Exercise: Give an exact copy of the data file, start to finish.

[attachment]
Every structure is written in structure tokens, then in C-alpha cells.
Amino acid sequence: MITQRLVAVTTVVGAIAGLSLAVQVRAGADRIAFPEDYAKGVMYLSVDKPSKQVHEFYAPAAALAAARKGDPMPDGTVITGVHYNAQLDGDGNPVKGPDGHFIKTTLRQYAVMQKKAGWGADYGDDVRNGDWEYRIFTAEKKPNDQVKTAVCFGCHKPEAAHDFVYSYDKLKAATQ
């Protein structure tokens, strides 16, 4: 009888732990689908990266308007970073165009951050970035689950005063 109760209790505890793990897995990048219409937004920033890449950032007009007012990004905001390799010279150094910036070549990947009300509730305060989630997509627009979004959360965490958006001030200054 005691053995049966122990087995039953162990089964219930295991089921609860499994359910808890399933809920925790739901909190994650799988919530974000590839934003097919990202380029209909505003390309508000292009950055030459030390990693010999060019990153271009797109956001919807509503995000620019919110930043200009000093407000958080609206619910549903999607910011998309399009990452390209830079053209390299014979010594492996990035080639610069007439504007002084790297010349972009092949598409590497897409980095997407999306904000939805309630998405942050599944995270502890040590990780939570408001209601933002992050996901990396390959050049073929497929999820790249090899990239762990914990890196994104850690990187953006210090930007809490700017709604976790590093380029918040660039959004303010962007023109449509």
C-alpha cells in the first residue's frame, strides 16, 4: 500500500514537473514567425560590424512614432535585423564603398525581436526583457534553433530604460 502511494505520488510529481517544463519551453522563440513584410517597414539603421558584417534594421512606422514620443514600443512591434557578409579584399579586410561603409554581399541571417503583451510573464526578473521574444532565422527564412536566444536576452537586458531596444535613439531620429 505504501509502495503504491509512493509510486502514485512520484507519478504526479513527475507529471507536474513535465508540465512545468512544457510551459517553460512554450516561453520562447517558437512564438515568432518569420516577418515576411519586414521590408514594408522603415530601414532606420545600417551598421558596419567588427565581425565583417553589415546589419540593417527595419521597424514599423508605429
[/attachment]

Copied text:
Every structure is written in structure tokens, then in C-alpha cells.
Amino acid sequence: MITQRLVAVTTVVGAIAGLSLAVQVRAGADRIAFPEDYAKGVMYLSVDKPSKQVHEFYAPAAALAAARKGDPMPDGTVITGVHYNAQLDGDGNPVKGPDGHFIKTTLRQYAVMQKKAGWGADYGDDVRNGDWEYRIFTAEKKPNDQVKTAVCFGCHKPEAAHDFVYSYDKLKAATQ
């Protein structure tokens, strides 16, 4: 009888732990689908990266308007970073165009951050970035689950005063 109760209790505890793990897995990048219409937004920033890449950032007009007012990004905001390799010279150094910036070549990947009300509730305060989630997509627009979004959360965490958006001030200054 005691053995049966122990087995039953162990089964219930295991089921609860499994359910808890399933809920925790739901909190994650799988919530974000590839934003097919990202380029209909505003390309508000292009950055030459030390990693010999060019990153271009797109956001919807509503995000620019919110930043200009000093407000958080609206619910549903999607910011998309399009990452390209830079053209390299014979010594492996990035080639610069007439504007002084790297010349972009092949598409590497897409980095997407999306904000939805309630998405942050599944995270502890040590990780939570408001209601933002992050996901990396390959050049073929497929999820790249090899990239762990914990890196994104850690990187953006210090930007809490700017709604976790590093380029918040660039959004303010962007023109449509």
C-alpha cells in the first residue's frame, strides 16, 4: 500500500514537473514567425560590424512614432535585423564603398525581436526583457534553433530604460 502511494505520488510529481517544463519551453522563440513584410517597414539603421558584417534594421512606422514620443514600443512591434557578409579584399579586410561603409554581399541571417503583451510573464526578473521574444532565422527564412536566444536576452537586458531596444535613439531620429 505504501509502495503504491509512493509510486502514485512520484507519478504526479513527475507529471507536474513535465508540465512545468512544457510551459517553460512554450516561453520562447517558437512564438515568432518569420516577418515576411519586414521590408514594408522603415530601414532606420545600417551598421558596419567588427565581425565583417553589415546589419540593417527595419521597424514599423508605429